This new king’s first concern is not helping people, not sympathizing with people, not changing the relations of production and resources and wealth and power to answer the material needs of the oppressed. No, the king’s first concern is securing power. Pharaoh’s answer to people resisting oppression – or even potentially resisting – is to oppress them more! It’s nothing new – it was the case for Pharaoh, it was the case in Jesus’ day, it was the case on American slave plantations in the 1800’s, it has been the strategy of kings and tyrants and power-holders for thousands of years and still commands the politics today! Saddam Hussein used fear to control his people. Osama bin Laden uses fear to control the Western world. Bush uses fear to control us here in the US.
But that’s not the whole story – oh no. (1:12) What is also the case is that the more this Pharaoh oppressed the Israelites, the deeper their resistance grew. As the Pharaoh worked them harder, still deeper their resentment grew. (1:13-14) The Israelites grew in size and so did the threat they posed to the empire, so Pharaoh grew to hate them even more, and he worked them even harder. And still, the spirit of those oppressed people would not break entirely.
Finally, Pharaoh went after the women – because that’s how rulers and bullies think, they always try to find the people they think are the weakest and pick on them – and Pharaoh told the midwives when they help deliver children, if it was a boy kill it, and if it was a girl let it live. (1:15-16) But this is the other thing about rulers – no matter how much they think they know who is weak and who will not resist, they don’t really know. Pharaoh didn’t know who he was picking on when he started in on these women - these Hebrew midwives don’t stand up and protest Pharaoh, but they also don’t do as he said. (1:17)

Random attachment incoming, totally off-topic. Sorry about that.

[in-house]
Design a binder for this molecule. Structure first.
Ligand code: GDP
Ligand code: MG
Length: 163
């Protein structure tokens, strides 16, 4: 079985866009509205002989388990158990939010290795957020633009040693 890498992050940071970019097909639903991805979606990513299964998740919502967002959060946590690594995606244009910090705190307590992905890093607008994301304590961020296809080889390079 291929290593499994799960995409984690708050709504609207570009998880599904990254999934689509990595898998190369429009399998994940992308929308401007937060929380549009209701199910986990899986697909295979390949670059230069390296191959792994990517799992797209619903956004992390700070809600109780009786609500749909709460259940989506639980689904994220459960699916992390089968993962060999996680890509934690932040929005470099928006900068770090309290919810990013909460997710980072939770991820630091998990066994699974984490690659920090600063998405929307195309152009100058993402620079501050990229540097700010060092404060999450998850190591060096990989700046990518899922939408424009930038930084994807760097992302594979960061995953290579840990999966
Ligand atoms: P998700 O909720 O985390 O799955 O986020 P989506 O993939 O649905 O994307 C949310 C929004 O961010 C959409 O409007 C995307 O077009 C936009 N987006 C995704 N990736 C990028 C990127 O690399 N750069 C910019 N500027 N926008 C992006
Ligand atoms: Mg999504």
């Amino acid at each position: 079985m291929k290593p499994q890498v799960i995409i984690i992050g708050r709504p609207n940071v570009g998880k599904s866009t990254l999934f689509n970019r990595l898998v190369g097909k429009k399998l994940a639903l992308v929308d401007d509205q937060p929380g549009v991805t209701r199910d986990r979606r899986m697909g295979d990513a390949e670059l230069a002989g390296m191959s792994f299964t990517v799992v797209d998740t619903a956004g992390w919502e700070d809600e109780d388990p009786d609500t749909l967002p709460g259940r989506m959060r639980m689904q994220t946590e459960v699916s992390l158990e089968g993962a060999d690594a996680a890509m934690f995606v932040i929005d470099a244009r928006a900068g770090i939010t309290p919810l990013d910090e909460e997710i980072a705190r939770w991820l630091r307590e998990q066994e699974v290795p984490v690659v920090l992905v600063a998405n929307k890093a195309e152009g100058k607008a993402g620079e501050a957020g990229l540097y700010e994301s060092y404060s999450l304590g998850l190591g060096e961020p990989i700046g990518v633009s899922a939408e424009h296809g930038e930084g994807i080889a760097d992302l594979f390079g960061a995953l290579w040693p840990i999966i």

(1:19) Pharaoh brings them in and demands to know - why aren’t they killing the baby boys?! What do these poor, weak, frightened women say to this great and powerful man? Showing surprising creativity they say “the Hebrew women are too strong, and they have the babies before we can get there!” So what’s Pharaoh to do?
(1:22) He says, “throw the baby boys in the river, then! Just get rid of them!” And he probably threatened to kill the midwives, too, if they didn’t obey. (Rulers are always the ones instigating violence, you see, and always decrying it’s use by others – remember that this all started with Pharaoh not wanting the people to rise up against him, against the system, against the Establishment and the status quo. That violence would be bad. But power-holders hardly ever make the connection to the violence they initiate. The logic of Empire is twisted, indeed. But back to the story.)